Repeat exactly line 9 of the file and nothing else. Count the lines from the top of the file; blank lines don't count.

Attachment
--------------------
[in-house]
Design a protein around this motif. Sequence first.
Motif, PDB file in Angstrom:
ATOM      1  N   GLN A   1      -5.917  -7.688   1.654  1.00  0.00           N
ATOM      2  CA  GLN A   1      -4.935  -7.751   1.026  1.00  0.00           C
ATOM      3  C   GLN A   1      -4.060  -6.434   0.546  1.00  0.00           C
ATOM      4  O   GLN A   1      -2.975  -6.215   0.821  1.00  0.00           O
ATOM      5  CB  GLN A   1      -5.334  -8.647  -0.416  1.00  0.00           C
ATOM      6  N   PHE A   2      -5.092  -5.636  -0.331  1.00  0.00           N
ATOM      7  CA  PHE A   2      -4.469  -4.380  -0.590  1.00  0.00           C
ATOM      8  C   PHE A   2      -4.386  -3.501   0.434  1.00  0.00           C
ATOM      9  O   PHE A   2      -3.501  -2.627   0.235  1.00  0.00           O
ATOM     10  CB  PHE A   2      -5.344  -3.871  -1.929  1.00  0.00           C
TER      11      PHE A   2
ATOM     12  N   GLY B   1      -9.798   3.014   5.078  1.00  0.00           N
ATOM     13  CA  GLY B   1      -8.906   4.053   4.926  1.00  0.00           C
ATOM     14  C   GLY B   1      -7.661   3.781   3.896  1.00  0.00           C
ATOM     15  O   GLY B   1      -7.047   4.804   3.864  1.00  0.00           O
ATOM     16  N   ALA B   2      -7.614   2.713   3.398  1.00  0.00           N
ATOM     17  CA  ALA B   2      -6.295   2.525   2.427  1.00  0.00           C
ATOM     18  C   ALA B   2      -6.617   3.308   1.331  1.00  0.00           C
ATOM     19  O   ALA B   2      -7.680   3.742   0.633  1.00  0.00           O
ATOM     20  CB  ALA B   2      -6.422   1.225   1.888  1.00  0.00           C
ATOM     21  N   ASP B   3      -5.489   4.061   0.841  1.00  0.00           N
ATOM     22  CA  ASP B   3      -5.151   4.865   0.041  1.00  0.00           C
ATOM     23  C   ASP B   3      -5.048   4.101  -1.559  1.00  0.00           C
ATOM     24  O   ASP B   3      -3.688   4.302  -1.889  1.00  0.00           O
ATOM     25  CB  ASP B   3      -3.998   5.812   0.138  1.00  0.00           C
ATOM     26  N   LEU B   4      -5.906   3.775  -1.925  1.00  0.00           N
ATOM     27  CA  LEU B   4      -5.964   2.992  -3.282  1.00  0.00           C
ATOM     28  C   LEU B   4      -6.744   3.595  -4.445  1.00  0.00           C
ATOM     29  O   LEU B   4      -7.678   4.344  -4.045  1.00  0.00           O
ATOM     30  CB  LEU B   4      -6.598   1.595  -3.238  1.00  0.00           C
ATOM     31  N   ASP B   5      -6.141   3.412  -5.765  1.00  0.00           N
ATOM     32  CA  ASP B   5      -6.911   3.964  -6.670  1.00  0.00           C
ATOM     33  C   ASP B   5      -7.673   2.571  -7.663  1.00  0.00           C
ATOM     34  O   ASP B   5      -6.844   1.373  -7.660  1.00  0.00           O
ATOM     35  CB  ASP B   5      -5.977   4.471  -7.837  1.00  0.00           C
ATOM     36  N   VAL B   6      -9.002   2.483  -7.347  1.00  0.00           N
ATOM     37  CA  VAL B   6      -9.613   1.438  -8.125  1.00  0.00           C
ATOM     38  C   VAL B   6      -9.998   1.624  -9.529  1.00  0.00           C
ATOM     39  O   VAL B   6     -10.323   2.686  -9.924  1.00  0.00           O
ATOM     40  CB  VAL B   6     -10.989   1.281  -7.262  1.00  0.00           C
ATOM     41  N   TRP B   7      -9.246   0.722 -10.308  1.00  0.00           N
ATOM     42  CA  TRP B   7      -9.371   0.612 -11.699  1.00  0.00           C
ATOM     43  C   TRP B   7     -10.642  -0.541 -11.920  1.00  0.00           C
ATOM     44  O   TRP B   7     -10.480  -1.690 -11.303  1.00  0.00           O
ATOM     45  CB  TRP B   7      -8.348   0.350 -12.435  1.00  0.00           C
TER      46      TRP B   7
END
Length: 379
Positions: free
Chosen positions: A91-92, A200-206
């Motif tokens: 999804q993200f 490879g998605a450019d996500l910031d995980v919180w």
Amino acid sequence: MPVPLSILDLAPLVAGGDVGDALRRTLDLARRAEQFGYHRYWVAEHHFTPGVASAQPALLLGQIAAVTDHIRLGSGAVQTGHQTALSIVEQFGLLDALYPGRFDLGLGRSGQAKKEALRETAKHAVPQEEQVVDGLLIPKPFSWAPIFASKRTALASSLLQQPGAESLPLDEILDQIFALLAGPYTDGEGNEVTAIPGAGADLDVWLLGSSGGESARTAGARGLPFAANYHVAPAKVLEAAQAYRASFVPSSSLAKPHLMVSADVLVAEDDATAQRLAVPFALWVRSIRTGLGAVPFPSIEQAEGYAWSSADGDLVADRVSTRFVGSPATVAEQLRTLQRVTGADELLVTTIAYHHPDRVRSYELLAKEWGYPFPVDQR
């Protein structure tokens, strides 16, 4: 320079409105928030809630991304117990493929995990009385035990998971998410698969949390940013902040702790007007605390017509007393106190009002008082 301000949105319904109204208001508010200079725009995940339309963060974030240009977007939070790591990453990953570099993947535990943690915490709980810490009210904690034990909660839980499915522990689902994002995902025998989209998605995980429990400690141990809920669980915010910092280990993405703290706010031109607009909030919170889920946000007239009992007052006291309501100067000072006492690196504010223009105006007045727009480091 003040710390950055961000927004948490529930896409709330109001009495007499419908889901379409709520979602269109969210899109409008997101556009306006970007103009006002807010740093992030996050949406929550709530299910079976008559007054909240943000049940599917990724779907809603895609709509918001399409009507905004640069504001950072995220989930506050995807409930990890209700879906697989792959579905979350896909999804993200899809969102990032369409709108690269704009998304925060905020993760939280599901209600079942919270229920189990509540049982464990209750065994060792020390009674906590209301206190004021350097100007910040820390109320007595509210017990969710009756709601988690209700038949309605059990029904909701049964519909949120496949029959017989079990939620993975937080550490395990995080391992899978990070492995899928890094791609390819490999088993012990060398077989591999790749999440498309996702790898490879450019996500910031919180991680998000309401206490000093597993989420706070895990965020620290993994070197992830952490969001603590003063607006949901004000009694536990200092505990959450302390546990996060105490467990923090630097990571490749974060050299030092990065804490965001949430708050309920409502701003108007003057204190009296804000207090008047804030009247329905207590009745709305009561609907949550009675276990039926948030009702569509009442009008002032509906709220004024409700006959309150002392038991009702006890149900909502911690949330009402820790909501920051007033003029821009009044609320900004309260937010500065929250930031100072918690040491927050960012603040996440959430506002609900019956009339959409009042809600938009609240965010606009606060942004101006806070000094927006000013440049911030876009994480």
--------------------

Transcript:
ATOM      6  N   PHE A   2      -5.092  -5.636  -0.331  1.00  0.00           N